New car reviews

2005 Nissan 350Z Convertible

2005 Nissan 350Z Convertible

Jon Rosner, Thu, 28 Jul 2005 08:00:00 PDT

The first time I drove the Nissan 350Z Convertible around town I had guys in big SUVs rolling down their windows offering to swap vehicles, teenaged boys giving me the thumbs up sign and I heard lots of "nice car." At first glance my feelings about the Z ragtop were, well, conflicted. I expected it to be a great car, but felt that the roofline created by the ragtop was not as attractive as the lines of the coupe.

All the 350Z cars are husky, with broad shoulders. Aside from the standard 350Z styling cues the rag top offered a single layer of fabric roof that was not likely to do a great job of insulating passengers from much road noise. The Z is not likely to ever suffer from the dreaded whispered moniker that makes a red-blooded males blood go to boil ~ "chick car." This ain't no "chick car."

But then, neither is it like the Chevrolet Corvette, the BMW M3, the Subaru WRX Sti or the Mitsubishi Evo each of which requires diligence and constant attention to keep them going in a straight line while cruising on the highway. Slip into that nice wide-overstuffed seat with side bolsters, the cockpit has aircraft overtones. Controls are handy, the six speed manual feels notchy if played with while parked, but smooth as butter when under way, flick, snick, gone, a delightful close-ratio gearbox. The clutch is serious, but not heavy and has a short but useful contact range that don't mean it's a chore to steer in stop and go traffic. The V6 engine is one of the very best on the market producing a V8-like light howling turbine whir when punched and healthy amounts of torque at any speed. How good? The engine could pull even in sixth gear at 1,500 rpm.

Yes, there is some cowl shake, just a tad more than the BMW Z4 convertible, but far less than anything from Saab, Volvo, or any of the American brands. The chassis is solid and falls into the same position vis--vis the competition. On the highway cruising was easy chair driving. On the back roads the ride, handling and control were superb, although at the limits the chassis did not react with the aplomb of the BMW Z4.Why do I keep comparing the 350Z to the BMW Z4? Dynamically they are quite close and yet a world away from most everything else out there in the semi-luxury two-seater rag top class. The Z4 is more poised, has much less power and costs $10,000 more similarly equipped, and has much higher servicing costs.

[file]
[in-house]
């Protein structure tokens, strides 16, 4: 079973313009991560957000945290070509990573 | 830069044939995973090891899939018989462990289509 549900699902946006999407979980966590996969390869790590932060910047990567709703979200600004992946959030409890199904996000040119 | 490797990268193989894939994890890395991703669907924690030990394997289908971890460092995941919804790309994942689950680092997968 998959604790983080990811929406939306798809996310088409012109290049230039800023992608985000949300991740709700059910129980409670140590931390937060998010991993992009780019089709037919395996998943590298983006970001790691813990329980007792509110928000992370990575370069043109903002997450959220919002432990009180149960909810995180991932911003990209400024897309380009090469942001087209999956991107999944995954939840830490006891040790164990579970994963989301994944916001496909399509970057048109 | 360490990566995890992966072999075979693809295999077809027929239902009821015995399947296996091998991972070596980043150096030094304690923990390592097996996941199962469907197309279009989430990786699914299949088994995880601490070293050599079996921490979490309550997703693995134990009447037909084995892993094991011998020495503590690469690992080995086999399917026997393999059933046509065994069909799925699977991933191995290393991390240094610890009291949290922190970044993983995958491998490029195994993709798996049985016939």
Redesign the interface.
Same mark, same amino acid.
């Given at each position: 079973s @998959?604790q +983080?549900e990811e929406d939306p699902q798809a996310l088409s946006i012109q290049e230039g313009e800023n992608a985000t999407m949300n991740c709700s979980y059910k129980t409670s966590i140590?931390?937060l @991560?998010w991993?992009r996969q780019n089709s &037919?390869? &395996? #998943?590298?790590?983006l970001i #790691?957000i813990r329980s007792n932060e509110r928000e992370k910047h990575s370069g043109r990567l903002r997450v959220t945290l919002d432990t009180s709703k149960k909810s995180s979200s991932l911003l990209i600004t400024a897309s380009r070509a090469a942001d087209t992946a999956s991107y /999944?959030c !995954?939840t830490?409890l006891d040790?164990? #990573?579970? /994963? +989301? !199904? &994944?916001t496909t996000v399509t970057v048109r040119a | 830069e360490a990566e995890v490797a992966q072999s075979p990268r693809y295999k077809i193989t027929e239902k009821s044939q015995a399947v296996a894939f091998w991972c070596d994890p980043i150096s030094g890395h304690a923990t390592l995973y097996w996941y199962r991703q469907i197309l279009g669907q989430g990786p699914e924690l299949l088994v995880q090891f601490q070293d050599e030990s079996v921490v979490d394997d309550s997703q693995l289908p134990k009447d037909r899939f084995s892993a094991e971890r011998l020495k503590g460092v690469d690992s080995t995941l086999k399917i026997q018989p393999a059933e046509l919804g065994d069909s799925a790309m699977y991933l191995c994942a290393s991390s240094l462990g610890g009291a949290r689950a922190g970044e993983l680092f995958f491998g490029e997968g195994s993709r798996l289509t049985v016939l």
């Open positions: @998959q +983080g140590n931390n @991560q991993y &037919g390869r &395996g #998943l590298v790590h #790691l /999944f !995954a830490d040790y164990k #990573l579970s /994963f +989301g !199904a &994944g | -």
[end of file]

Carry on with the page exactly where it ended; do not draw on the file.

This Nissan with a 3.5-liter engine, and like virtually anything Nissan or Infiniti puts that engine into it is one heck of a lot of car for the money. My Uncle Howie just bought one. He loves it. He is retired, and he's no hot rodder. He has told me that after years of driving his van he can feel every bump in his 350Z Convertible, but he gets so much pleasure from sunset drives with my Aunt Carole that he is very pleased with the car. He's averaging about 20 mpg with his automatic. I averaged 22 mpg in mostly around town, back-road and some highway driving. Add that to Nissan's well-deserved reputation for low-cost of servicing and you have a convertible that will give years of trouble-free point-a-to-point-b entertainment.

 


2005 Nissan 350Z Roadster


A birdseye view


All the amenities of a luxury car


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